A mansion in Aspen, Colorado sold for $65 million, certainly astronomical but well below the $100 million listing price.

Detroit manufacturing entrepreneur Joel Tauber and his family have sold the 10-bedroom, 11-bathroom mansion on 1.4 acres to an unnamed buyer, The Wall Street Journal reports.

Compass’ Steven Shane made the list.

Built in 1979 and renovated in 2015, this home is over 14,000 square feet and is located close to Little Nell ski runs and about 100 yards from the lift base. The residence is accessed via an elevator and a short bridge that connects to the main entrance on the second floor.

The two-story foyer resembles an upscale department store or hotel, with a large chandelier, wood-panelled walls and a small balcony overlooking it from the upper floors. The great room has a stained glass ceiling and wall of windows and skylights that offer views of the surrounding mountains and downtown Aspen.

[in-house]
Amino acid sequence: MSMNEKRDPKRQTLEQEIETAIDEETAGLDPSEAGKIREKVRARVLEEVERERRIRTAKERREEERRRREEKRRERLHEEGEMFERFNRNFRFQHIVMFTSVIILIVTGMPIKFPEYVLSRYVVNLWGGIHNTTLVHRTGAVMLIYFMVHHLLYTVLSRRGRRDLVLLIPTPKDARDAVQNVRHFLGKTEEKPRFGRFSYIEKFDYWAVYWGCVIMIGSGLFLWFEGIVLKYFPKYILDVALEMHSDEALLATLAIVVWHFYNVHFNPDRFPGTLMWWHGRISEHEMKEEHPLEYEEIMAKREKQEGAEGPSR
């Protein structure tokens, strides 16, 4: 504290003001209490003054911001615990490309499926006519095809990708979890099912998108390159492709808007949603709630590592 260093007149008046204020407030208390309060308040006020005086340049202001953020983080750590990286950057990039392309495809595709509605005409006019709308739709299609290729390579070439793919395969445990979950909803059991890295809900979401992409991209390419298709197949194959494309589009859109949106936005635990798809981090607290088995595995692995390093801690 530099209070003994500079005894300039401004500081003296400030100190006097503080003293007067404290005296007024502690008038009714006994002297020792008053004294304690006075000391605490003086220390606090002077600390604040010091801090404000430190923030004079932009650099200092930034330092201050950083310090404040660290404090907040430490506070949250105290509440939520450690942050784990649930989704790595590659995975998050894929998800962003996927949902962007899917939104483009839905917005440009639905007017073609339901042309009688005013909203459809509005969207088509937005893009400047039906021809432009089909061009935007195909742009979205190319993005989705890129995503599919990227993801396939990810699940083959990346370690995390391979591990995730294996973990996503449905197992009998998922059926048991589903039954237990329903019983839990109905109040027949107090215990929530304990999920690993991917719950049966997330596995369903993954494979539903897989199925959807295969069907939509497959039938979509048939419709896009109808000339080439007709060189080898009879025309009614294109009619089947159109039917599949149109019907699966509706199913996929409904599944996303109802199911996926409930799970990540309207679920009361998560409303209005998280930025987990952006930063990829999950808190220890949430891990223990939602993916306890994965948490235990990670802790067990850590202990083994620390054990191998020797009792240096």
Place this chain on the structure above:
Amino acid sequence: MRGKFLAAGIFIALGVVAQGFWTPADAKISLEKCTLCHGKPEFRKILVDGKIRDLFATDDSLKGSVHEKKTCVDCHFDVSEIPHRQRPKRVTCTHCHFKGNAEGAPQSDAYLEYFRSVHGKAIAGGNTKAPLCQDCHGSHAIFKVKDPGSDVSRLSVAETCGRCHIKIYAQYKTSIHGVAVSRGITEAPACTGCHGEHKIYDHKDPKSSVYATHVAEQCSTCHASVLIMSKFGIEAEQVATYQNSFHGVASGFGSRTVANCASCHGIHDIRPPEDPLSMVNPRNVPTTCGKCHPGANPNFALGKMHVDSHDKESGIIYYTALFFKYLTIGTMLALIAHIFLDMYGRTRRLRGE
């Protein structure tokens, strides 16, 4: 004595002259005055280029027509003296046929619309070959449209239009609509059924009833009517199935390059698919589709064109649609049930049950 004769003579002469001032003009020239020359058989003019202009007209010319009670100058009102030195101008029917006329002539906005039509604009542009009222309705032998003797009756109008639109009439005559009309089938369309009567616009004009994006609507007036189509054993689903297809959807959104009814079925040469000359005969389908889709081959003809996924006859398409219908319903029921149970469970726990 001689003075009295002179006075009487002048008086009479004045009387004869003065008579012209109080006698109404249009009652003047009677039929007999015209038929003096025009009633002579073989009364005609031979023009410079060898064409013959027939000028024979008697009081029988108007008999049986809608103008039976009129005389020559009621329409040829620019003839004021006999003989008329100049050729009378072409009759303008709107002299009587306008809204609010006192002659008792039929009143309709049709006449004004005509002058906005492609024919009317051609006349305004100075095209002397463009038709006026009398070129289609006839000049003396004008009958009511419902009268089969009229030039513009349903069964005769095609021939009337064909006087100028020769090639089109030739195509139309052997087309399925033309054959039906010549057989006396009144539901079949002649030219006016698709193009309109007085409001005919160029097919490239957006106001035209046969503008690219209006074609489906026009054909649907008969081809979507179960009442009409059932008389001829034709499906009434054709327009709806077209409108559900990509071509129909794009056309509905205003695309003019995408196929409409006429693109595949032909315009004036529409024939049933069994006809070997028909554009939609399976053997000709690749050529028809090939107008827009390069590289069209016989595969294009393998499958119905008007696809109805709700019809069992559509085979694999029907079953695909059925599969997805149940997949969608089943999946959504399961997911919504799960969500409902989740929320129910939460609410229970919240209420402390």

It has an on-slope ski room with storage lockers, 5,000 square feet of deck and patio space, a home gym, a media room, and two kitchens.

Although the home sold for well below the asking price, it still fetched well above the $9 million Tauber paid for the property in 1996. While it didn’t set an Aspen record (belonging to former professional hockey player Patrick Dovigi, who bought a home in 2021 for $72.5 million, the Wall Street Journal reported), the deal did set a record. A record in downtown Aspen.

While the residential market is depressed, the same cannot be said for luxury homes in Aspen.

In addition to the record purchase, Dovigi also sold an Aspen home in December 2022 for $55 million, $10.5 million more than he originally paid for it.

Last September, the heir to the Wrigley Gum fortune, William Wrigley Jr., sold his Aspen estate for $30 million.

The 7,500-square-foot mansion was purchased by a trust connected to the Richter family. Wrigley is the great-grandson and namesake of William Wrigley Jr., who founded the chewing gum empire in 1891. The contemporary Wrigley Jr. is the former CEO of Wrigley, which was acquired by Mars, Inc. in 2008 for $23 billion.

— Ted Glazer

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